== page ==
2. I think this is way too good. In even slightly metagamed scenarios this basically seems like it can mean a fighter is immune to crits. I also have to ask - what is the purpose of this change? Is it just trying to de-murk % chance of happening effects? Because this does not seem like it's explicitly intended as a nerf or a buff but rather a lateral change.
3. I think we should be really really careful about making it easier to regenerate class resources. Same with paladin Virtuous Triumph, and arguably this is an easier condition to meet/metagame. I don't see any systematic polish reason why these should be buffed - I personally argued for so long to make existing effects weaker over several patches.
1. please no. Riposte is already a weird ability in that it is either virtually useless or extremely powerful. Instead of leaning into this more by providing what is essentially a win-more effect, i'd rather flatten this variability (that basically mandates metagaming) and provide a % riposte chance on grazes as well (even if lower than the % riposte chance on miss).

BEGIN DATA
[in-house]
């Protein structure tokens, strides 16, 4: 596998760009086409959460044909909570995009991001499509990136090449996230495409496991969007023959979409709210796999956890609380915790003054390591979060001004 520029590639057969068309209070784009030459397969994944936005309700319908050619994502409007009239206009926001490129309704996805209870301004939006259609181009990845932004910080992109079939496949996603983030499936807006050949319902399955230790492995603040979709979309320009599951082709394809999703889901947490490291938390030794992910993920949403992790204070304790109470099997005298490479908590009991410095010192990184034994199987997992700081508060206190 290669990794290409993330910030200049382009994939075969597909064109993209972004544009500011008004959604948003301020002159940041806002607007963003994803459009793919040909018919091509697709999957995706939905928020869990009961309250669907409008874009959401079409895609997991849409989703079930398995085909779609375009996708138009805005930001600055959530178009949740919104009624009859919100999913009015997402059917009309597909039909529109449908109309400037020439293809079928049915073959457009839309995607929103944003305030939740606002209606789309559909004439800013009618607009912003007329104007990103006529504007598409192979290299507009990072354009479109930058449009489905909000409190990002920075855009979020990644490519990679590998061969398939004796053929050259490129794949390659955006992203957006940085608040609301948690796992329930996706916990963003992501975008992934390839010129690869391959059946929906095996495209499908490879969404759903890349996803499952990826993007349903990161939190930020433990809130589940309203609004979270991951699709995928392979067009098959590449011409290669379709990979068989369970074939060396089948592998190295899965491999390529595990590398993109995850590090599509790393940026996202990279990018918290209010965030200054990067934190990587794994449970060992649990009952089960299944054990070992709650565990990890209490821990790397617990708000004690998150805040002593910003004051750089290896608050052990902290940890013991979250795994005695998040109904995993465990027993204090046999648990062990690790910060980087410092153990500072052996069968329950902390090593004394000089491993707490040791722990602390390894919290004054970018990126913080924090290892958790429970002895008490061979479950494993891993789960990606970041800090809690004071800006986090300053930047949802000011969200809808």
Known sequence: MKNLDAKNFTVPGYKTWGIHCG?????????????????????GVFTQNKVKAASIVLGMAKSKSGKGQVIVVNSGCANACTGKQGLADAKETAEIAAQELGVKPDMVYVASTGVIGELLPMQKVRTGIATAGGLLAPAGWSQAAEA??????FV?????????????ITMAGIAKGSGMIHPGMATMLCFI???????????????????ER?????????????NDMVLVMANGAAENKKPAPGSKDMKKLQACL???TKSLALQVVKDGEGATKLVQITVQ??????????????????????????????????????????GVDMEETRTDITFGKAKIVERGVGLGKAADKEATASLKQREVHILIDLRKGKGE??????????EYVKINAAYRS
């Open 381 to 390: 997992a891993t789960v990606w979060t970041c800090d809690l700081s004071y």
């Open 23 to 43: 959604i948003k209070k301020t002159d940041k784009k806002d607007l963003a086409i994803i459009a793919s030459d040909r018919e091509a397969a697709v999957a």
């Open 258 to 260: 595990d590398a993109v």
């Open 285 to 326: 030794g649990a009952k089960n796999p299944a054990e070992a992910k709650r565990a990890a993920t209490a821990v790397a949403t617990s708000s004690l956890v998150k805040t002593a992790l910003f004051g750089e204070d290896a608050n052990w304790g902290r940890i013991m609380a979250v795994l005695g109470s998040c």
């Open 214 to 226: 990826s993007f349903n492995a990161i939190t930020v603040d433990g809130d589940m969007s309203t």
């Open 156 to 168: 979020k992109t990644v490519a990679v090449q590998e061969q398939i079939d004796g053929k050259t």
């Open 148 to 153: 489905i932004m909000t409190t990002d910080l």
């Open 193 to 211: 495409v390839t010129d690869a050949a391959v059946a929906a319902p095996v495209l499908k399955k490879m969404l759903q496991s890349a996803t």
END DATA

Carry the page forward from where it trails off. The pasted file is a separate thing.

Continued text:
2. What would Perplexing Sap do? I think Sap is fine as it is, Perplexing Sap is fundamentally broken though. I would and have happily taken Sap as a skill, but after one ugly run where I discovered just how borked Perplexing Sap is, I will never upgrade. (maybe Perplexing Sap should be a redesign and that redesign could mean knocking the opponent asleep and when they wake they are hobbled and confused. A developer noted on my reported bug for Perplexing Sap that this was on their list of abilities that need a revisit so they are aware that it is also broken, but I'm guessing they just can't spare the time to retool it.)
4a. (lol at paying special attention to the cipher interaction. not judging, i paid special attention to the priest suggestions.)